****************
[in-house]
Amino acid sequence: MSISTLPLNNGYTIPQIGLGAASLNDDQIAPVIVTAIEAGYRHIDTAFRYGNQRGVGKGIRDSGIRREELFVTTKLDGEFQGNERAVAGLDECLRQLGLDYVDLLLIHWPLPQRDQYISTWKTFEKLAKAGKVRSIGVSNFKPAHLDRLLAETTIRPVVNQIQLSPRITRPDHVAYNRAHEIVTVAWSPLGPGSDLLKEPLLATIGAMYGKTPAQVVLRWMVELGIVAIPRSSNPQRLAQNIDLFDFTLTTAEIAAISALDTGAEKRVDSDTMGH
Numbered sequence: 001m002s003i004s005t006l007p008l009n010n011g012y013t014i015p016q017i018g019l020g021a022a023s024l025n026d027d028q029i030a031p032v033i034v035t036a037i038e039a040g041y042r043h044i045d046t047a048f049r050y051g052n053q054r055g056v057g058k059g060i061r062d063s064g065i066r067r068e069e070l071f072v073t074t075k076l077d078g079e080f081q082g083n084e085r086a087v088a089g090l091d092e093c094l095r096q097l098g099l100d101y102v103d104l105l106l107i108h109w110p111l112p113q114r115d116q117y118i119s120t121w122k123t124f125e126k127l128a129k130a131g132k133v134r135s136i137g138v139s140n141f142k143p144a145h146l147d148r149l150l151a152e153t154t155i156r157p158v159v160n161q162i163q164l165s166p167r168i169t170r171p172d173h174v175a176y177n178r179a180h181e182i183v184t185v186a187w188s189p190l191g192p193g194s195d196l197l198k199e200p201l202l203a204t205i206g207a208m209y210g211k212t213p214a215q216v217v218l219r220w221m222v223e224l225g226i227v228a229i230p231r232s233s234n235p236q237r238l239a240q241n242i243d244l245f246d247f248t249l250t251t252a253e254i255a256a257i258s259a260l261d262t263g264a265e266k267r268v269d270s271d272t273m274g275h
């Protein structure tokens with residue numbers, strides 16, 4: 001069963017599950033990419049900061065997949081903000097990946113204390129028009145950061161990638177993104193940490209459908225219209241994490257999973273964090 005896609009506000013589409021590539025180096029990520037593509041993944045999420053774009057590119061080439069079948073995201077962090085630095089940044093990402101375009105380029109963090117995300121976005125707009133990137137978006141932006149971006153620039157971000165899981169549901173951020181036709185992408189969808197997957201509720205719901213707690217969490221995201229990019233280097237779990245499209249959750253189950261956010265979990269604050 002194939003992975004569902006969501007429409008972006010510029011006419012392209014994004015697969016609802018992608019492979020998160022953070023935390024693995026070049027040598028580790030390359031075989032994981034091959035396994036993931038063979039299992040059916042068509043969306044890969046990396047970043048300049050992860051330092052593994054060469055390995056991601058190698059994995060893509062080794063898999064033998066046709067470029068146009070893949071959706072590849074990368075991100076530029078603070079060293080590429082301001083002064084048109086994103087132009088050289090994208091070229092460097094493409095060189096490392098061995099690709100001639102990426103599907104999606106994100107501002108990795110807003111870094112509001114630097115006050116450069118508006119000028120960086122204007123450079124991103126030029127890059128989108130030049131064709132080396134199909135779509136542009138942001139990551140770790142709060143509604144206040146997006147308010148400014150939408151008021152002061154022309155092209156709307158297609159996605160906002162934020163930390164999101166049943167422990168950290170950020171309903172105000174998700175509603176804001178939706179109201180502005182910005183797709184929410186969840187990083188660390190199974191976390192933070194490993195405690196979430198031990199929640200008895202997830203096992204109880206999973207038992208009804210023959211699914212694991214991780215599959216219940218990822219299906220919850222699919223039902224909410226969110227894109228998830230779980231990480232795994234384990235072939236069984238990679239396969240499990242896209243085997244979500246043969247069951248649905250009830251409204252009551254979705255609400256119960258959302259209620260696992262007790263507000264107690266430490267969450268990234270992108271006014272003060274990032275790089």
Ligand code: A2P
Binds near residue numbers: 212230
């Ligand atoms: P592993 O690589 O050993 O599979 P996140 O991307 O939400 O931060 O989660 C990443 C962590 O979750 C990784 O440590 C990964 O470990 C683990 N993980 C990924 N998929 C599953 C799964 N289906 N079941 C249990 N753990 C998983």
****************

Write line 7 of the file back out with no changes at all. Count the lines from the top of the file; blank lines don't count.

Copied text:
């Ligand atoms: P592993 O690589 O050993 O599979 P996140 O991307 O939400 O931060 O989660 C990443 C962590 O979750 C990784 O440590 C990964 O470990 C683990 N993980 C990924 N998929 C599953 C799964 N289906 N079941 C249990 N753990 C998983």